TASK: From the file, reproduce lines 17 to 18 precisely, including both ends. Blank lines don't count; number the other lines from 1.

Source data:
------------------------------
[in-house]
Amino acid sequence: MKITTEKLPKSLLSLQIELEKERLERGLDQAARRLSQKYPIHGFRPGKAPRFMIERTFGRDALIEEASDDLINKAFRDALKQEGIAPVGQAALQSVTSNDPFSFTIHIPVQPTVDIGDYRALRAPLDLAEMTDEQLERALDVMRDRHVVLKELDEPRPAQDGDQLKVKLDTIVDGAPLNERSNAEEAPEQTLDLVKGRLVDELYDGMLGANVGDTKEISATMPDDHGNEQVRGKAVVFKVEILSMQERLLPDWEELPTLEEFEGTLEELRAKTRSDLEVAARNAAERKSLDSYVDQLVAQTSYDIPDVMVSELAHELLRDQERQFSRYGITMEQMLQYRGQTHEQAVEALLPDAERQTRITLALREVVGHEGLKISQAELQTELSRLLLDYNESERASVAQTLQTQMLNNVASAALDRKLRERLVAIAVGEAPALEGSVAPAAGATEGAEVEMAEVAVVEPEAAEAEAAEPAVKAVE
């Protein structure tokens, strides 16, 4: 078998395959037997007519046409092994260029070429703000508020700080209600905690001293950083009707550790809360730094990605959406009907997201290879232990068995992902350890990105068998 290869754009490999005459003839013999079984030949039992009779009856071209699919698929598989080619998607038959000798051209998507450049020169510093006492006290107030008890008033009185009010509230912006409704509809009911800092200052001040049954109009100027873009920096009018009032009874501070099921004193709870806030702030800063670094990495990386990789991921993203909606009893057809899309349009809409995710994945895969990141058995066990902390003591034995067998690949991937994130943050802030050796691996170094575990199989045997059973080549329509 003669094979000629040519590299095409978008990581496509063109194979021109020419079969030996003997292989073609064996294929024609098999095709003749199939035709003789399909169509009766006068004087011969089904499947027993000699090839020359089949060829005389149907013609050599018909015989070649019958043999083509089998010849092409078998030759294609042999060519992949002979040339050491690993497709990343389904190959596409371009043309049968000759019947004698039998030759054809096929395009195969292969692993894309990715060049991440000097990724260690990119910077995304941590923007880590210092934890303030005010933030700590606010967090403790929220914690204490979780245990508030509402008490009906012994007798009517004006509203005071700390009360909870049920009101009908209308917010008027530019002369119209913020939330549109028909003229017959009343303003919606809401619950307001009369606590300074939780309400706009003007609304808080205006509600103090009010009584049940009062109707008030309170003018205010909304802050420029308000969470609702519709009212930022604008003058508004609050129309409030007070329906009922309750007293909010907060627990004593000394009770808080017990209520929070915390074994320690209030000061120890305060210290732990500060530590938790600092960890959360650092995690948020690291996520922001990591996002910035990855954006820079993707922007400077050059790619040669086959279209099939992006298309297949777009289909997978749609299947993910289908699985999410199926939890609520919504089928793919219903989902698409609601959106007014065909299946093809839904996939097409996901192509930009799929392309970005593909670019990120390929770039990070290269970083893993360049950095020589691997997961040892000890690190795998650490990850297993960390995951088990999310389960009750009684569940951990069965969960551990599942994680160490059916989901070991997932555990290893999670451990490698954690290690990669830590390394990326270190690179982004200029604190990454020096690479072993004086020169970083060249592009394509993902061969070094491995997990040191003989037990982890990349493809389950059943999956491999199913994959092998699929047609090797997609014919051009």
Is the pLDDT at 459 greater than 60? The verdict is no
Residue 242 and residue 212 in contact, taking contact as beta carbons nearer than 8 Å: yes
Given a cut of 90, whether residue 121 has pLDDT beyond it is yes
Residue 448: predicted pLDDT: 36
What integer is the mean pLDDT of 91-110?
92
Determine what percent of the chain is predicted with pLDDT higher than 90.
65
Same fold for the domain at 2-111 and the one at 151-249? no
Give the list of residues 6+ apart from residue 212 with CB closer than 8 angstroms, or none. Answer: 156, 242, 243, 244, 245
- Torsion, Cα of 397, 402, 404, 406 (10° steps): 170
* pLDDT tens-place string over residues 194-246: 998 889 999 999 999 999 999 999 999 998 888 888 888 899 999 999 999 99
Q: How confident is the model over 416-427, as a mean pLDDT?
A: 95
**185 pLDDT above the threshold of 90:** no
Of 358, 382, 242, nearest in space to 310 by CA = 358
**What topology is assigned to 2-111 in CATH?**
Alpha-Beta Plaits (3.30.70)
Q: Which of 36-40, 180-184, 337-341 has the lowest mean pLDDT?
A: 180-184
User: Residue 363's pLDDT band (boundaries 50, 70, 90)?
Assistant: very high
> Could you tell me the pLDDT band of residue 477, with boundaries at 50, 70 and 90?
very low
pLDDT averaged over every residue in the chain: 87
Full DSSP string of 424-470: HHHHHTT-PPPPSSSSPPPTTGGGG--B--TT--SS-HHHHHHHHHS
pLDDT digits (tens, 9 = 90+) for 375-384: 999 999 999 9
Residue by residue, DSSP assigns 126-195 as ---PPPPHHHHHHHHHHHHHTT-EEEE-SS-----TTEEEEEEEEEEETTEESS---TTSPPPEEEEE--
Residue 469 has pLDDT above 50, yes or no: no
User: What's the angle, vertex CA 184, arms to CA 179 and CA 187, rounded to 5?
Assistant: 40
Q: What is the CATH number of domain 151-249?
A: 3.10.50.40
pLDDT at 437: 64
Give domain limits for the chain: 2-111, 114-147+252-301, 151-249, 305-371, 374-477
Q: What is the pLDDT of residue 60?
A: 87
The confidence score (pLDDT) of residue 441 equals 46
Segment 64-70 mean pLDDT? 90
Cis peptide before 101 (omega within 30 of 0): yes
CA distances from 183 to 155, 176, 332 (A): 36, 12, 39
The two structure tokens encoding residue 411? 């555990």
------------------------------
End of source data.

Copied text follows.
A: 95
**185 pLDDT above the threshold of 90:** no